Friday, January 3, marks 50 years since the first sale of grain from the United States to Soviet Russia.
The Russian Revolution was – to put it lightly – a rather traumatic event, both for those involved and for those watching from dangerously close by. Take the United States, for one. Looking back, we can discern, in its trade relations with the newly-formed Soviet government, evidence of the familiar five stages of grief (although, being a country, they played a bit fast and loose with the ordering):
When your image of communists equates them with pure evil, when your greatest fear is that your country may also succumb to its “spectre,” it’s really no time for trade. For over 45 years – through prosperity, depression, war, and McCarthyist witch hunts – the U.S. did not trade in grain with the USSR. To be fair, however, as millions of Soviets died of famine, considerable grain and food was donated to the USSR through the ARA from 1921 to 1923, by which point NEP had rescucitated Soviet agriculture and the Soviets even began exporting grain.
"Ask not what the Soviets can do for you, but what you can send the Soviets."
Which brings us to the deal of 1963-64: a four-million-ton shipment of U.S. grain to the USSR. Rather suddenly, grain sales were on the table again. Long decades of denial were finally over. While the sale was handled by private U.S. companies, it was supported and publicized by JFK himself – one of his last acts as president. As told by Ben Nordemann, the architect of the deal, it was an exercise in careful bargaining and unexpected goodwill, naturally accompanied by toasts to friendship and world peace.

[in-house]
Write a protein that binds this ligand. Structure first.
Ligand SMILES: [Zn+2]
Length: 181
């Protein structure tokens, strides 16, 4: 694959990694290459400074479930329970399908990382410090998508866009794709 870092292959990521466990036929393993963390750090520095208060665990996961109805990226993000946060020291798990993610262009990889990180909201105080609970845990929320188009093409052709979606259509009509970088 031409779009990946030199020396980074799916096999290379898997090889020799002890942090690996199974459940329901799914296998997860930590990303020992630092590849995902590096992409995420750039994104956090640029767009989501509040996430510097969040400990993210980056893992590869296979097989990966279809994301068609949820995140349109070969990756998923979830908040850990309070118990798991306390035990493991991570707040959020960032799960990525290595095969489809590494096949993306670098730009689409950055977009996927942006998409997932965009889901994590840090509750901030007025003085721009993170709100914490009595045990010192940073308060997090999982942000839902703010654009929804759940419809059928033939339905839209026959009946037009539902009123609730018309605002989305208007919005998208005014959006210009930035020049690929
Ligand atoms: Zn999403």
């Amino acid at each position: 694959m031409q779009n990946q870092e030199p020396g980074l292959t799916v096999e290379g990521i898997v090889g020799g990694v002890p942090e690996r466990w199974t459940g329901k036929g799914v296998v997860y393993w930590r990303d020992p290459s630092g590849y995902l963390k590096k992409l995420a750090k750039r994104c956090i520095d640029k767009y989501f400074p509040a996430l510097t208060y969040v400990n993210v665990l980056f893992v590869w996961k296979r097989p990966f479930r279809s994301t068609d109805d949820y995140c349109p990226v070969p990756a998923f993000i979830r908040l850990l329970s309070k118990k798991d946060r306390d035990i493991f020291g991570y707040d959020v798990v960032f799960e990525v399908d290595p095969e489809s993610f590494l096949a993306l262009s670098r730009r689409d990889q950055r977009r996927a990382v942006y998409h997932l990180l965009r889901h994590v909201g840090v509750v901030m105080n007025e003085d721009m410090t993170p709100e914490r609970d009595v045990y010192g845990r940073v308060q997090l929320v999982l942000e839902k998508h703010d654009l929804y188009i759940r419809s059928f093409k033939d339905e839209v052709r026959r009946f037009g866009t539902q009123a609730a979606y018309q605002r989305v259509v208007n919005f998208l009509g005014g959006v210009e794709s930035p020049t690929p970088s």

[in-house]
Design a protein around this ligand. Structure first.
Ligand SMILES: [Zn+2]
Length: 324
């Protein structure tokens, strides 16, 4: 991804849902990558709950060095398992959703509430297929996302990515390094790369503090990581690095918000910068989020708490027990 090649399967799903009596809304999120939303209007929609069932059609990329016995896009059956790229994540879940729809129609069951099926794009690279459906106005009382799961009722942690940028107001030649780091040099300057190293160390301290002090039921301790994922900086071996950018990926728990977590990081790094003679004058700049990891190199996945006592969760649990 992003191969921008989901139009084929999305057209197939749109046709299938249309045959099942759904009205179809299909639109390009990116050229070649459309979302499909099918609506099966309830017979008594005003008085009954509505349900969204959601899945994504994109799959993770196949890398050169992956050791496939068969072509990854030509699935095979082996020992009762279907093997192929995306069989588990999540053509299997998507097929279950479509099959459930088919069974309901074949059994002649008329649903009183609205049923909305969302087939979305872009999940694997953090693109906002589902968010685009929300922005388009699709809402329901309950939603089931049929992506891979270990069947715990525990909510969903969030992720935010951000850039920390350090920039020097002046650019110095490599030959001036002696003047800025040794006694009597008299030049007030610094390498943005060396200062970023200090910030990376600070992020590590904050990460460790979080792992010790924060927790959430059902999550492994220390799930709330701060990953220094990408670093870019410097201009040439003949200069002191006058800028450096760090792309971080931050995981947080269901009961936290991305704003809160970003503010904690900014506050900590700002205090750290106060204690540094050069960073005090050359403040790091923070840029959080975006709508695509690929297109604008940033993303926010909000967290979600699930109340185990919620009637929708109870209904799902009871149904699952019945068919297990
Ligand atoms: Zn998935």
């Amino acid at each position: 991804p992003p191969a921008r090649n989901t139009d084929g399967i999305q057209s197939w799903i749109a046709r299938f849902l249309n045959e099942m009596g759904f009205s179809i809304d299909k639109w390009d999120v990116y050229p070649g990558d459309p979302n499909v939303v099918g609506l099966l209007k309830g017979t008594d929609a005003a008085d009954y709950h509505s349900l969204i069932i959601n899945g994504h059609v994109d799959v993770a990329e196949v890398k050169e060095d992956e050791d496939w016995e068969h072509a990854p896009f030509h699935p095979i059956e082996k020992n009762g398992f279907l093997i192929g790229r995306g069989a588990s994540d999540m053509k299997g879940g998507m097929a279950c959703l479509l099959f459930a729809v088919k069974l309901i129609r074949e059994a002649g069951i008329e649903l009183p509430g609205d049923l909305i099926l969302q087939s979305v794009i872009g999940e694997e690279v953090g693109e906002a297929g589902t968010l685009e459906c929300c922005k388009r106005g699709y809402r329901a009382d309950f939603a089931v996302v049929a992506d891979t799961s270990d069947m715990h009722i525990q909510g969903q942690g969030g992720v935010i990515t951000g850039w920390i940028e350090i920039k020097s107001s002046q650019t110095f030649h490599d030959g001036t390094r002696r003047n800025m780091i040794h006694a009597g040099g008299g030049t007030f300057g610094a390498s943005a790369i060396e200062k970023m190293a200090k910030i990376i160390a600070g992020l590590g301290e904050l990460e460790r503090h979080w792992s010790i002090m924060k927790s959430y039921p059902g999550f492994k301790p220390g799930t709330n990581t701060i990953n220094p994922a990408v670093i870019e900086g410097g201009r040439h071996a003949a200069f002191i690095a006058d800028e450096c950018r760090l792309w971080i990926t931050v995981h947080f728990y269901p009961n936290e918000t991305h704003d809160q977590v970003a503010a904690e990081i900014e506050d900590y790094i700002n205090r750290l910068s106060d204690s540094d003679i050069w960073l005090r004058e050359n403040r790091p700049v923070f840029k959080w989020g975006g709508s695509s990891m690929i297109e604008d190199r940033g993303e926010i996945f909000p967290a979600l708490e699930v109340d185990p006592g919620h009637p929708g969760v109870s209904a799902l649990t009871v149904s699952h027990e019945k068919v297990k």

Later, larger shipments followed – but not all of them went quite as well.
No, Soviets, no invading other countries! No more grain for you!
But let’s not forget that the Cold War was still going on. Once initiated, grain sales could now theoretically be used for less world-peace-related and more sanction-like purposes. In 1980, the Carter administration imposed a grain embargo on the Soviet Union for invading Afghanistan, at a time when the Soviets were importing 12-16 million tons of wheat per year. Sounds like a good plan, doesn’t it? In fact, the embargo amounted to little more than a slap on the wrist, as the Soviets just imported their grain from elsewhere.
All that laughter somehow didn't lead to more grain deals.
And so the grain trade boomed, undeterred by political considerations. But just as the Soviet Union began to open up – keyword "began" – agricultural trade got a bit “depressed.” Up until then, the USSR had been such a good market: a giant country with woefully inadequate technology, always in need of grain to feed its own people. Now their technology was catching up, grain harvests were doing fine. Oh, and they were still communists – the tensions of the early 80’s were certainly no help.
Putin and Bush in Sochi: doesn't this look like acceptance to you?
Would there have been a grain-trade equivalent of acceptance at the end of this long process? What with the Soviet Union gone and Russia in its stead, we may never know. And the point, actually, is rather moot. Since early in this century, Russia – before the Bolshevik Revolution a breadbasket for Europe – has been exporting grain again...
Image credit: Wikimedia Commons
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